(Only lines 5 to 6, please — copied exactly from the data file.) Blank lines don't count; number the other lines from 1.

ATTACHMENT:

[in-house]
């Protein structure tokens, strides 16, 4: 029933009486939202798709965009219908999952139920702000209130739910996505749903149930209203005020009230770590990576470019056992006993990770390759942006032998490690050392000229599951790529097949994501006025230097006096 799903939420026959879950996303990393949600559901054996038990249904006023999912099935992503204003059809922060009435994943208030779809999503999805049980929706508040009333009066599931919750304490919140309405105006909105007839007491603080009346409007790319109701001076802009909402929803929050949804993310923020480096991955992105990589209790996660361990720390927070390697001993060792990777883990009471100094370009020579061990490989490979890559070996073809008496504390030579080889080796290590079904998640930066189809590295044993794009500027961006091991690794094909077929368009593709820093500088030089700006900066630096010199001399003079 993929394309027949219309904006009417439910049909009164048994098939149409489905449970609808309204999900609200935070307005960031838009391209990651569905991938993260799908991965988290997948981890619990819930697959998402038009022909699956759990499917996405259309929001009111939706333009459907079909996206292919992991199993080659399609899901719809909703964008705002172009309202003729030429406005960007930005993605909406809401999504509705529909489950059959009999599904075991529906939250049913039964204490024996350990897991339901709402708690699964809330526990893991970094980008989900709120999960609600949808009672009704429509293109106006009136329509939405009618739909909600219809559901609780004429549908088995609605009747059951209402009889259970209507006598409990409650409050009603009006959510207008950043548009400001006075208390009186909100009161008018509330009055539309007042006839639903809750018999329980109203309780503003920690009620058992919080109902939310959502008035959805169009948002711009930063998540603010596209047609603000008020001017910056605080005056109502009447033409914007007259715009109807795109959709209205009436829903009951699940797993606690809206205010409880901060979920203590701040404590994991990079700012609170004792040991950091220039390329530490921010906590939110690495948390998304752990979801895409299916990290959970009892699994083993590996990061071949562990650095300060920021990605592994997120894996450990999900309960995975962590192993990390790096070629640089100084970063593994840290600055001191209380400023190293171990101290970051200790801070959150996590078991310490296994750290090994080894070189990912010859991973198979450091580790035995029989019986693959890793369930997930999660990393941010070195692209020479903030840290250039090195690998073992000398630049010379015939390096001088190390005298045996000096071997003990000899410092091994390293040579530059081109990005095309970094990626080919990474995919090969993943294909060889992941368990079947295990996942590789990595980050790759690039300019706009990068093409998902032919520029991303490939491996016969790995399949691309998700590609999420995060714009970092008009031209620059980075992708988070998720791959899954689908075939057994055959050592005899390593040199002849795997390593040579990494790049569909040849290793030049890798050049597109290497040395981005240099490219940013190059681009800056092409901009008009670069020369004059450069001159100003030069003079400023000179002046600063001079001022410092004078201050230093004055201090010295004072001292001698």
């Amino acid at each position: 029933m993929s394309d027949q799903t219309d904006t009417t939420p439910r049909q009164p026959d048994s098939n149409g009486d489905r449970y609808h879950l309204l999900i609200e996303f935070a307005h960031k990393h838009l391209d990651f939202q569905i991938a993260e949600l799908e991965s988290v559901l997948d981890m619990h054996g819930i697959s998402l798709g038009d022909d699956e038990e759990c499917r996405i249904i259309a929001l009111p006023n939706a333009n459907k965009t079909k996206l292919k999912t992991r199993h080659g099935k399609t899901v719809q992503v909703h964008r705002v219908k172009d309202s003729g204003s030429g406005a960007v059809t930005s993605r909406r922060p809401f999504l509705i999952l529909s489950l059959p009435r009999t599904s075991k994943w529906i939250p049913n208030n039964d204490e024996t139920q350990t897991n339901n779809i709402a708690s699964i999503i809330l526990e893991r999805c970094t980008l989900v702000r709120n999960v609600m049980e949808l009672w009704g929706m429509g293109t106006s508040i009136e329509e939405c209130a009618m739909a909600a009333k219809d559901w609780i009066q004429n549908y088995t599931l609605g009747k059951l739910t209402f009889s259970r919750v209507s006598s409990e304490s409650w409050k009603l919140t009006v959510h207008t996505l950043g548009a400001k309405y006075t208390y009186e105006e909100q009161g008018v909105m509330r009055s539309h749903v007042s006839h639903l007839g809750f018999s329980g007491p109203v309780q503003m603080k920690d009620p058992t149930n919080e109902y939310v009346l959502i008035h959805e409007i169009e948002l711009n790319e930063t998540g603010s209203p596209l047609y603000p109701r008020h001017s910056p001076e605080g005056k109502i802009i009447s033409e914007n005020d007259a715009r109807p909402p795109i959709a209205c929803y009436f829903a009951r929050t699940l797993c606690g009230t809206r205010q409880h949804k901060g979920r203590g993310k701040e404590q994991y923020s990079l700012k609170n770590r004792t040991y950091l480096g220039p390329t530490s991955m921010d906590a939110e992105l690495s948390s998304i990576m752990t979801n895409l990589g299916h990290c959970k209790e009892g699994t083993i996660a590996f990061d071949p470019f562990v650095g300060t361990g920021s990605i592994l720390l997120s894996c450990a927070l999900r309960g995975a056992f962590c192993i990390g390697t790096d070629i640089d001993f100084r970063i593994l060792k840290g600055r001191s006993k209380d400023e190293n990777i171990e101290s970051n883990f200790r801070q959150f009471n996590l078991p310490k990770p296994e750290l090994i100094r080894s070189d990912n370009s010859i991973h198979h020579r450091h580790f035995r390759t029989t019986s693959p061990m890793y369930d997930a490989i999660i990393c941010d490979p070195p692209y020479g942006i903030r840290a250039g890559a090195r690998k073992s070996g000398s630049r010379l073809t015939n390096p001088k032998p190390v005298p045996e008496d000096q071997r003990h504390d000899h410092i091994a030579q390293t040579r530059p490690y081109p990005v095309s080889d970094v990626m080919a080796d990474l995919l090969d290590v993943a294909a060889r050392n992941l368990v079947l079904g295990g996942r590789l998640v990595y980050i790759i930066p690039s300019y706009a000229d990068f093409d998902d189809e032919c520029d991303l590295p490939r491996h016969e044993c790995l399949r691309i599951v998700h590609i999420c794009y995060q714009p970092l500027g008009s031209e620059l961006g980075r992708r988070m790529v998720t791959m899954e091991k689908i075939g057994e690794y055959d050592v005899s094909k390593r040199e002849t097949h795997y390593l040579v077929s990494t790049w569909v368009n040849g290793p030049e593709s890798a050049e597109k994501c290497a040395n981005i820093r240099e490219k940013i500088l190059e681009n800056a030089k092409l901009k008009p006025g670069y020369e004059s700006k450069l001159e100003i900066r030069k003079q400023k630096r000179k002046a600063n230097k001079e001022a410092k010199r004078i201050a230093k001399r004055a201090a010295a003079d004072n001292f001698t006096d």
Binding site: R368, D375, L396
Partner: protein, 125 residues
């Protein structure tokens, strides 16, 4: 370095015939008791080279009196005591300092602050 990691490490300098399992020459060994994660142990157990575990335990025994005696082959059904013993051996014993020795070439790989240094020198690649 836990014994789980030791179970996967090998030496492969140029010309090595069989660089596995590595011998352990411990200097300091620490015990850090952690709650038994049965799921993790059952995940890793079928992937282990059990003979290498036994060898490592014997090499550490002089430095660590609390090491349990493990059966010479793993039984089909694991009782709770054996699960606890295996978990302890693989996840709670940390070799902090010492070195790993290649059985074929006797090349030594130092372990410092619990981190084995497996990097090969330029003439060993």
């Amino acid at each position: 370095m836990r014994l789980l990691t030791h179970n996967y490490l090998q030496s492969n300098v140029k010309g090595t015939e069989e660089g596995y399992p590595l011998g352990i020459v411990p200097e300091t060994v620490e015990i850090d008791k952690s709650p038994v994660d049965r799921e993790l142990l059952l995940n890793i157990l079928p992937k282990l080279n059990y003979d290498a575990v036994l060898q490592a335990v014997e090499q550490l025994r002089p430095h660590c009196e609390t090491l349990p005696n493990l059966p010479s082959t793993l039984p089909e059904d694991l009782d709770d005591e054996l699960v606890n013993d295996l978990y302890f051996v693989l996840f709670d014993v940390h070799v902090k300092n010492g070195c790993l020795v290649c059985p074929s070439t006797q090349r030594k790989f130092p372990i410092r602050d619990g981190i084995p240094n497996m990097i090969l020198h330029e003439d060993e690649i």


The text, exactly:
Partner: protein, 125 residues
């Protein structure tokens, strides 16, 4: 370095015939008791080279009196005591300092602050 990691490490300098399992020459060994994660142990157990575990335990025994005696082959059904013993051996014993020795070439790989240094020198690649 836990014994789980030791179970996967090998030496492969140029010309090595069989660089596995590595011998352990411990200097300091620490015990850090952690709650038994049965799921993790059952995940890793079928992937282990059990003979290498036994060898490592014997090499550490002089430095660590609390090491349990493990059966010479793993039984089909694991009782709770054996699960606890295996978990302890693989996840709670940390070799902090010492070195790993290649059985074929006797090349030594130092372990410092619990981190084995497996990097090969330029003439060993």